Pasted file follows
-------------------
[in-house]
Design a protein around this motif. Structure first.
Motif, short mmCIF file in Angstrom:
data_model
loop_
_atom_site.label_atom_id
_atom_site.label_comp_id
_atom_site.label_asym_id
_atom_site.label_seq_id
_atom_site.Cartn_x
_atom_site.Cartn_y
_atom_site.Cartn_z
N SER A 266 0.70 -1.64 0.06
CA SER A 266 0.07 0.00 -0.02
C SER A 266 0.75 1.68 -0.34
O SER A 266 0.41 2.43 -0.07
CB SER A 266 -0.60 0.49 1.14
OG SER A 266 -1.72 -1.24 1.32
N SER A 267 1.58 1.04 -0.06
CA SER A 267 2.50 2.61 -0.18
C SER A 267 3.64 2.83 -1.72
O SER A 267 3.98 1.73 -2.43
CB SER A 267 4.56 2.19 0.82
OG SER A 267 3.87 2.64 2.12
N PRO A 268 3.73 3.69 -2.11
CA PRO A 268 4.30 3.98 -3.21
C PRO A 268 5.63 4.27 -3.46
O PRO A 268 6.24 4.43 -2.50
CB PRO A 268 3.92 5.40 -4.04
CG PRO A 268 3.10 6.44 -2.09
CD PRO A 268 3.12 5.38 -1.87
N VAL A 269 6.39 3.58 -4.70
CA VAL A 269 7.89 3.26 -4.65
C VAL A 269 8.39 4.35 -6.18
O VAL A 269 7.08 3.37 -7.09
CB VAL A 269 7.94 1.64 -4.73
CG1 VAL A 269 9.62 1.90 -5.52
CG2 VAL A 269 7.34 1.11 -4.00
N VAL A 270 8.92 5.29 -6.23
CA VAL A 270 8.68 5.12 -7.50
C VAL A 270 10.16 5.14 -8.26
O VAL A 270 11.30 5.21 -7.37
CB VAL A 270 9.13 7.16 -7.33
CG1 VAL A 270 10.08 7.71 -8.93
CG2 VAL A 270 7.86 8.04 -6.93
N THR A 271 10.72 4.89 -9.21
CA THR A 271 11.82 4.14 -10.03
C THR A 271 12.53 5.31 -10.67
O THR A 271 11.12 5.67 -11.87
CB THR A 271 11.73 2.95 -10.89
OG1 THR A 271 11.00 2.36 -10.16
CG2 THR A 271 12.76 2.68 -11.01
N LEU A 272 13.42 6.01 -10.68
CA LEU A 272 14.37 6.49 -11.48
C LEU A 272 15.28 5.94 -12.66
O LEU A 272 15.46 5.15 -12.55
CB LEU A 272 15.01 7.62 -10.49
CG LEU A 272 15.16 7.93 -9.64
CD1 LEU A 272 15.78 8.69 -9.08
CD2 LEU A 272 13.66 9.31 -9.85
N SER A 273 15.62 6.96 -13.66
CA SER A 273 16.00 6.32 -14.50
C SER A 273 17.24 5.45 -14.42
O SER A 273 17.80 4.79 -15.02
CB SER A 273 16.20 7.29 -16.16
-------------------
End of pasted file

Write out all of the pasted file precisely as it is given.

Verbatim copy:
[in-house]
Design a protein around this motif. Structure first.
Motif, short mmCIF file in Angstrom:
data_model
loop_
_atom_site.label_atom_id
_atom_site.label_comp_id
_atom_site.label_asym_id
_atom_site.label_seq_id
_atom_site.Cartn_x
_atom_site.Cartn_y
_atom_site.Cartn_z
N SER A 266 0.70 -1.64 0.06
CA SER A 266 0.07 0.00 -0.02
C SER A 266 0.75 1.68 -0.34
O SER A 266 0.41 2.43 -0.07
CB SER A 266 -0.60 0.49 1.14
OG SER A 266 -1.72 -1.24 1.32
N SER A 267 1.58 1.04 -0.06
CA SER A 267 2.50 2.61 -0.18
C SER A 267 3.64 2.83 -1.72
O SER A 267 3.98 1.73 -2.43
CB SER A 267 4.56 2.19 0.82
OG SER A 267 3.87 2.64 2.12
N PRO A 268 3.73 3.69 -2.11
CA PRO A 268 4.30 3.98 -3.21
C PRO A 268 5.63 4.27 -3.46
O PRO A 268 6.24 4.43 -2.50
CB PRO A 268 3.92 5.40 -4.04
CG PRO A 268 3.10 6.44 -2.09
CD PRO A 268 3.12 5.38 -1.87
N VAL A 269 6.39 3.58 -4.70
CA VAL A 269 7.89 3.26 -4.65
C VAL A 269 8.39 4.35 -6.18
O VAL A 269 7.08 3.37 -7.09
CB VAL A 269 7.94 1.64 -4.73
CG1 VAL A 269 9.62 1.90 -5.52
CG2 VAL A 269 7.34 1.11 -4.00
N VAL A 270 8.92 5.29 -6.23
CA VAL A 270 8.68 5.12 -7.50
C VAL A 270 10.16 5.14 -8.26
O VAL A 270 11.30 5.21 -7.37
CB VAL A 270 9.13 7.16 -7.33
CG1 VAL A 270 10.08 7.71 -8.93
CG2 VAL A 270 7.86 8.04 -6.93
N THR A 271 10.72 4.89 -9.21
CA THR A 271 11.82 4.14 -10.03
C THR A 271 12.53 5.31 -10.67
O THR A 271 11.12 5.67 -11.87
CB THR A 271 11.73 2.95 -10.89
OG1 THR A 271 11.00 2.36 -10.16
CG2 THR A 271 12.76 2.68 -11.01
N LEU A 272 13.42 6.01 -10.68
CA LEU A 272 14.37 6.49 -11.48
C LEU A 272 15.28 5.94 -12.66
O LEU A 272 15.46 5.15 -12.55
CB LEU A 272 15.01 7.62 -10.49
CG LEU A 272 15.16 7.93 -9.64
CD1 LEU A 272 15.78 8.69 -9.08
CD2 LEU A 272 13.66 9.31 -9.85
N SER A 273 15.62 6.96 -13.66
CA SER A 273 16.00 6.32 -14.50
C SER A 273 17.24 5.45 -14.42
O SER A 273 17.80 4.79 -15.02
CB SER A 273 16.20 7.29 -16.16